Both 721 and 1155 nonfungible token standards can mint NFTs. ERC/BEP-721 NFT standard aims to create interchangeable tokens. Essentially, each ERC/BEP-721 token is unique and represents a single asset. ERC/BEP-1155 is an improved standard beyond ERC/BEP-721, as it facilitates the creation of two kinds of tokens, fungible and nonfungible. Also, this standard is cheaper as it reduces the gas fees, making it an affordable and approachable way to mint an NFT.

When users plan on storing their NFTs in a custodial wallet or a non-custodial wallet, they are highly advised to check the NFT token standard first and make sure their wallet supports the blockchain and NFT token standard.

NFT marketplaces

Nonfungible tokens can be minted, sold or bought on NFT trading platforms that are either custodial or non-custodial

Today, the crypto space is filled with NFT platforms of all kinds such as mass and niche ones, self-service or invite-only platforms, gaming NFT platforms, sports or music NFT marketplaces and many others. All of them operate slightly differently, provide distinct functionality and offer various types of NFTs. The majority of NFT marketplaces are based on the Ethereum blockchain while others belong to blockchains like Binance Smart Chain (BSC), Polkadot, Solana and Cosmos, to name a few.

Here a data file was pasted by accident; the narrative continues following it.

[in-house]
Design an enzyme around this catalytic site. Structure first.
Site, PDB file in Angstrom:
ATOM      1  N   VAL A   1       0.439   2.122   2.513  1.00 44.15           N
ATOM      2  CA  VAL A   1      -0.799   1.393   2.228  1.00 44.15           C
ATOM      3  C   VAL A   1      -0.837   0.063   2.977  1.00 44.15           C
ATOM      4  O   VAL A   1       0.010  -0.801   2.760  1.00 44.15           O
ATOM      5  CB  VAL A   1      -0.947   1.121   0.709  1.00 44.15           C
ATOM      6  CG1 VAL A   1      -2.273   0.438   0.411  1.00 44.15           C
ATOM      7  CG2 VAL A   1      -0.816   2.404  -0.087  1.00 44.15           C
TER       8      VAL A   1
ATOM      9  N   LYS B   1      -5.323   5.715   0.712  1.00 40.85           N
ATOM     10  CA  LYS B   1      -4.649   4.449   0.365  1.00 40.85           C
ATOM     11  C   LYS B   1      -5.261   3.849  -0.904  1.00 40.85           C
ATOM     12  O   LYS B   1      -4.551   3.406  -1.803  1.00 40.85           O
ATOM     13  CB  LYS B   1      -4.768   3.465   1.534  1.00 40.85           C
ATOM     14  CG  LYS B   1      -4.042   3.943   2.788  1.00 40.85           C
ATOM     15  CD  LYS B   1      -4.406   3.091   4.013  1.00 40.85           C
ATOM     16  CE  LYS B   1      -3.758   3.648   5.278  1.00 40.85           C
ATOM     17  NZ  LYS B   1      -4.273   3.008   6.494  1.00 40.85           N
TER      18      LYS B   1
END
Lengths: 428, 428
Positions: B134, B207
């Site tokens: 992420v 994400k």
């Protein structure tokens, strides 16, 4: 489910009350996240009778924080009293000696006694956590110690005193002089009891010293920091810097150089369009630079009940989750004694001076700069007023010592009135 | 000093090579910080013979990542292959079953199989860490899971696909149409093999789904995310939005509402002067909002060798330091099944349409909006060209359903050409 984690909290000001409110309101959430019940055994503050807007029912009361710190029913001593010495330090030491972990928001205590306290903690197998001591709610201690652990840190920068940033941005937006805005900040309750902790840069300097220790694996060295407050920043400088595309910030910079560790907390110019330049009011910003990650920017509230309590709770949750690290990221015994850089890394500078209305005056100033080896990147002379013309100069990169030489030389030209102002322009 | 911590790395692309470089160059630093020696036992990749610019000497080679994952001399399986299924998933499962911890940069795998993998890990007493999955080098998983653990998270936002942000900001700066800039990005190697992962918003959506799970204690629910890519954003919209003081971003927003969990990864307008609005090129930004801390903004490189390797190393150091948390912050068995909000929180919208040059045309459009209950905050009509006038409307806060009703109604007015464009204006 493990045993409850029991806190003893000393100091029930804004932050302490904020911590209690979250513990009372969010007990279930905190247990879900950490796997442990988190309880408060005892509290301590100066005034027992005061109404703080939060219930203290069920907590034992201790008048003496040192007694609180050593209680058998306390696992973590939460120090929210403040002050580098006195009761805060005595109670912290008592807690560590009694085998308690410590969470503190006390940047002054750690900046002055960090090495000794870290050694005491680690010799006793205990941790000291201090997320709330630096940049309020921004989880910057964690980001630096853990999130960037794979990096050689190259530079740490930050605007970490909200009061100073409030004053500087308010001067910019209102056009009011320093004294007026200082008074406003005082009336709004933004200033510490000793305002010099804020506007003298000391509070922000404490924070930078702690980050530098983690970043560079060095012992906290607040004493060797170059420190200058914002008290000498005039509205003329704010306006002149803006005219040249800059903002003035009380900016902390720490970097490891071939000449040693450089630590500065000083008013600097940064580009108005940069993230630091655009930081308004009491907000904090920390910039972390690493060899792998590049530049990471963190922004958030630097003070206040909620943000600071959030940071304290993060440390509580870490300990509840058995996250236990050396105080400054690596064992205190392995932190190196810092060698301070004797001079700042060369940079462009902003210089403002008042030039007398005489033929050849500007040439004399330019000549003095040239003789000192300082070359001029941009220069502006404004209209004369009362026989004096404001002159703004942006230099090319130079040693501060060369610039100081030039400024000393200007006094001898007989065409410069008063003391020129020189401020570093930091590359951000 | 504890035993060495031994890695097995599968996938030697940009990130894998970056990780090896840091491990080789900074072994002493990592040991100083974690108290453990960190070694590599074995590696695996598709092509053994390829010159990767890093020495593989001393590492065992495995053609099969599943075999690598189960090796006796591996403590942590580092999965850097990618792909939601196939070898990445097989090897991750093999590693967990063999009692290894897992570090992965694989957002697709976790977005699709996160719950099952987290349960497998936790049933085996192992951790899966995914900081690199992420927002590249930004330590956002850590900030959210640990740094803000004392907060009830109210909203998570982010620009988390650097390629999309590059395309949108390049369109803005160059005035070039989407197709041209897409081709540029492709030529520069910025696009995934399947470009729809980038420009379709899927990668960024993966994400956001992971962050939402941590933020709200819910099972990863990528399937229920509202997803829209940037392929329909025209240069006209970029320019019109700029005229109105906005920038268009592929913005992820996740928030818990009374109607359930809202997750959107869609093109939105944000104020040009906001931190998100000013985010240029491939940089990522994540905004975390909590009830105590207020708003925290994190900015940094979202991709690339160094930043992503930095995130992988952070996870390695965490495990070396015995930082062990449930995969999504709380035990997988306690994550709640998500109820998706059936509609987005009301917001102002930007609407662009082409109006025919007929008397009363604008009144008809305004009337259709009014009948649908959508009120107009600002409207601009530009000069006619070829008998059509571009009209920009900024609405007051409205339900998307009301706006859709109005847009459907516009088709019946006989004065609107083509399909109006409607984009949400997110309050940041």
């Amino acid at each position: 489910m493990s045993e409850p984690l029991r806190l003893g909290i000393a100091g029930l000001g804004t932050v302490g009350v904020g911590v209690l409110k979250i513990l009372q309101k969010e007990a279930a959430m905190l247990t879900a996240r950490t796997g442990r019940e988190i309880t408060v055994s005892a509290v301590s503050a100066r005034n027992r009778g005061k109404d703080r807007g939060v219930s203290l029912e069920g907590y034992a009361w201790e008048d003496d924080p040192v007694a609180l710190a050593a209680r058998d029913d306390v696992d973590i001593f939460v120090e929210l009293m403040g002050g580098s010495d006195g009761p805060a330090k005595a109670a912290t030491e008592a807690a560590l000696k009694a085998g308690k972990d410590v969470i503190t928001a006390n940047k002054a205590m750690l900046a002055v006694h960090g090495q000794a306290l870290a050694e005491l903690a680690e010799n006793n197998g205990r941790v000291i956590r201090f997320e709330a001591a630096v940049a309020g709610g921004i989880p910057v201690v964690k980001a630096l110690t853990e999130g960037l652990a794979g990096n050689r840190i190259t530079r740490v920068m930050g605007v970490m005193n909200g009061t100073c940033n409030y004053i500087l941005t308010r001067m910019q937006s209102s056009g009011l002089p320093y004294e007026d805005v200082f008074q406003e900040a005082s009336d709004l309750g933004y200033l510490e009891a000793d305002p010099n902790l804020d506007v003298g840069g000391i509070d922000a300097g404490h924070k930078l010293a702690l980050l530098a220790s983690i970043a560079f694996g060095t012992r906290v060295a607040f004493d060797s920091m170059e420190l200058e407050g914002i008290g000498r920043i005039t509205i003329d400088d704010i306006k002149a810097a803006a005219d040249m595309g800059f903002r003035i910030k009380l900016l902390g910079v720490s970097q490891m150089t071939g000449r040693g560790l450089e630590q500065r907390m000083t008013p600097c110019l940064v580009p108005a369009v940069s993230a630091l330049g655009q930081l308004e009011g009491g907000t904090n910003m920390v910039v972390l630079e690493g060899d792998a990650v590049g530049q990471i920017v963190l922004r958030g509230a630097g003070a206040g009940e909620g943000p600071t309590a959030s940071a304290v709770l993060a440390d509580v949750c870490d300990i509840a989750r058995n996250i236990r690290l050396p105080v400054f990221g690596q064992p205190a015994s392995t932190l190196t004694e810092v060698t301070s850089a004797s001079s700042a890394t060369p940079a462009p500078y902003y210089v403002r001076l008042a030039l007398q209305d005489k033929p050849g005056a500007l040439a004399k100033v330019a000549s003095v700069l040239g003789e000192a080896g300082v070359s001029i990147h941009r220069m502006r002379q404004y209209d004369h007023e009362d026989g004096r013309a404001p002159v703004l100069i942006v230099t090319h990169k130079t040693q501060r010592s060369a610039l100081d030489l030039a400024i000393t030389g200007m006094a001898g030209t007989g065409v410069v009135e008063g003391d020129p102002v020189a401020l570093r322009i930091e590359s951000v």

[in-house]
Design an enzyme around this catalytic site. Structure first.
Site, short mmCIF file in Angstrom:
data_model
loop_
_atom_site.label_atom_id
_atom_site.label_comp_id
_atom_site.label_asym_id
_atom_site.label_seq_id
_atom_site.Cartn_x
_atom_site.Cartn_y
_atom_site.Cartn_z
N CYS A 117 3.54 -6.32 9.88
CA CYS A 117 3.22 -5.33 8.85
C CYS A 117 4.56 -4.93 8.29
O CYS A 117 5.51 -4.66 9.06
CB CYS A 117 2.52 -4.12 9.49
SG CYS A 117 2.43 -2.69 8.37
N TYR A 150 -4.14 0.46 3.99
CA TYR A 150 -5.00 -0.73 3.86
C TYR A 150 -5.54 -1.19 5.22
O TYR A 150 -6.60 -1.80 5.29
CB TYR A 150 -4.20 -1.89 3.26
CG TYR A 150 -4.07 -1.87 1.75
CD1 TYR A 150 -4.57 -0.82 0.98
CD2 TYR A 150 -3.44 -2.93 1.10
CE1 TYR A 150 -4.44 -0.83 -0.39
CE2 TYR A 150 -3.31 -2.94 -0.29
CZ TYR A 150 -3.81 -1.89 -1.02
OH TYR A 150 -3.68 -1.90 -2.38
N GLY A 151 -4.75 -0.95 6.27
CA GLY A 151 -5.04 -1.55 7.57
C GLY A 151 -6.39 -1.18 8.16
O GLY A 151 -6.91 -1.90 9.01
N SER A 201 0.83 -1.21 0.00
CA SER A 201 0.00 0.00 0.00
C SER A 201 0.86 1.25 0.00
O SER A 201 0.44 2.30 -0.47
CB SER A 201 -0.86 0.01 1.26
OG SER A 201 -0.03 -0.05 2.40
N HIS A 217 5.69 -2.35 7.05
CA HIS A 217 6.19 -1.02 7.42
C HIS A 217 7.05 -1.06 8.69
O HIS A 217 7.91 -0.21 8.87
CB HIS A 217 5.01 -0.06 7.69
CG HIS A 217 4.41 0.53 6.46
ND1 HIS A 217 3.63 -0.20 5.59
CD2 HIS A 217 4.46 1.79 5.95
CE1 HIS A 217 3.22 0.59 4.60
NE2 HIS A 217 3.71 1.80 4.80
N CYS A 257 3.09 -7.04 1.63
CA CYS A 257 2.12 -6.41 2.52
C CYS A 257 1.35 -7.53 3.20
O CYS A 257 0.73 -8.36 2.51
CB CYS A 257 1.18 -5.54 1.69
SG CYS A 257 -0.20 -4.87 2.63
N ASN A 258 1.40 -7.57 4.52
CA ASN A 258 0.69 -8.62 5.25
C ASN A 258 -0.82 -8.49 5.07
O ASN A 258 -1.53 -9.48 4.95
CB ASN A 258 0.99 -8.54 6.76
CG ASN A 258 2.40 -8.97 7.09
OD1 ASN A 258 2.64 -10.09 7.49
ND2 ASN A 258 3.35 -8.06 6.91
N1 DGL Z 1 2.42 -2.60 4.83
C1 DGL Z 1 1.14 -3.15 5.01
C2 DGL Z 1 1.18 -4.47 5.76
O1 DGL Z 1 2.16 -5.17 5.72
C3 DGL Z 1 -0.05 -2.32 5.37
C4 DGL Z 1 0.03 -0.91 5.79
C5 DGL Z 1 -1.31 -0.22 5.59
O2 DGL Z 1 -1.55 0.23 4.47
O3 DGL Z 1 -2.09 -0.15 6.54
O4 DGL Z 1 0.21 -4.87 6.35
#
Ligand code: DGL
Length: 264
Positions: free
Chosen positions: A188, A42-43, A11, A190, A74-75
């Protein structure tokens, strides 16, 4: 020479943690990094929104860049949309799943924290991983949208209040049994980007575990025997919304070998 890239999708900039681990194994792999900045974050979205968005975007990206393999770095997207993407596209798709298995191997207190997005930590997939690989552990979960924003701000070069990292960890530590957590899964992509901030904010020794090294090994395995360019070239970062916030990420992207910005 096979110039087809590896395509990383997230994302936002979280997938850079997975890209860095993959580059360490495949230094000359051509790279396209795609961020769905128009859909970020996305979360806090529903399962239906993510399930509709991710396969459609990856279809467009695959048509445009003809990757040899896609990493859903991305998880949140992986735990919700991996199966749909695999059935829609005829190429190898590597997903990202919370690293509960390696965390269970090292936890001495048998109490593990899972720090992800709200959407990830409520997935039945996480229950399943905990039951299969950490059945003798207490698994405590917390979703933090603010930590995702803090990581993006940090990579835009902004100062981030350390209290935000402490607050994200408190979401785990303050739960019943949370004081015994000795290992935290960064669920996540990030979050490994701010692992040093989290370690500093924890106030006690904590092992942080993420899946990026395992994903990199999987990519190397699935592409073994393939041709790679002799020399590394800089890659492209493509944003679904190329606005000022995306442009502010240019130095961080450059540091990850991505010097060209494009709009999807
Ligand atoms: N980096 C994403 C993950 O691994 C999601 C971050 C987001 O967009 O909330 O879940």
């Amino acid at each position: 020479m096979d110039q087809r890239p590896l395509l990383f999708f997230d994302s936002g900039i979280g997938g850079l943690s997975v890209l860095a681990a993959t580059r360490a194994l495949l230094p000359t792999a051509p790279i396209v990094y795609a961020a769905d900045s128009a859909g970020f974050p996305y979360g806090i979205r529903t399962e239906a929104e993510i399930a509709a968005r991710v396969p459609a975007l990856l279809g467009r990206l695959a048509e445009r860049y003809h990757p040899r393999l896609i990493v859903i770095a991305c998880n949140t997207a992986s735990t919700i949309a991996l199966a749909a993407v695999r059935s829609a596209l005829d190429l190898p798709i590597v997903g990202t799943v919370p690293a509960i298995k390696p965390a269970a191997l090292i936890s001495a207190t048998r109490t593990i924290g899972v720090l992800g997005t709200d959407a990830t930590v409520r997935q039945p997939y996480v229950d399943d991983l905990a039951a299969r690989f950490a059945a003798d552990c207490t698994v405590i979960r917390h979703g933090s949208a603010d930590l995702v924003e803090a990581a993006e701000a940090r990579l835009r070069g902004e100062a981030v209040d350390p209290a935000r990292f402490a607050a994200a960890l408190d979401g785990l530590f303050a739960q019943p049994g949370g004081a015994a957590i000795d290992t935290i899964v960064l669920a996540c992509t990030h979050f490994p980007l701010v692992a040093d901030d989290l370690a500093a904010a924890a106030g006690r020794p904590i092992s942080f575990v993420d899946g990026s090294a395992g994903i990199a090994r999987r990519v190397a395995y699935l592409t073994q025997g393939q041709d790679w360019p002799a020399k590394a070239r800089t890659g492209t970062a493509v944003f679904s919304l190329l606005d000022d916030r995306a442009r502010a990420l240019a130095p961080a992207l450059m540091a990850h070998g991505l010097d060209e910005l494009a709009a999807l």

Some marketplaces are custodial and some are non-custodial. It is worth noting that some types of NFTs may not get accepted on certain platforms, mostly custodial ones as they get to choose what comes in and what doesn’t. These platforms are curated and NFT content may be censored. At the same time, non-custodial marketplaces are more open to a variety of NFT types from art NFTs and virtual collectibles to music and fashion NFTs — it all boils down to the capabilities of the uses’ imagination.

Custodial marketplaces act as a third party, as well as an escrow, for a sale by acting as a professional fiduciary for users’ conditional financial operations. By utilizing these marketplaces, users deposit their funds in the custody of the platform before digital assets are exchanged. This is the case for Binance NFT marketplace and Nifty Gateway platforms. On these platforms, interaction with other users is mediated by the marketplace that acts as an intermediary.

Non-custodial marketplaces create a private connection directly between users, creators or sellers, and uphold autonomy and the anonymity of users, as there is no need for KYC checks. Platforms like OpenSea and SuperRare allow users to have access to others, all connected in a decentralized network to exchange NFTs without an intermediary.

Other differences between NFT marketplaces are based on various factors like if they support a definite file format whether it is a Joint Photographic Experts Group, a Graphics Interchange Format, a certain audio or video format. Other factors include the accessibility of the platform (self-service or invite-only) and the price to mint an NFT, as to mint an NFT, users usually have to pay for creating a smart contract through gas fees.

Knowing the main variabilities between custodial and non-custodial NFTs is intended to help users to choose how they want to secure and manage their NFT portfolios.

Source: Cointelegraph.com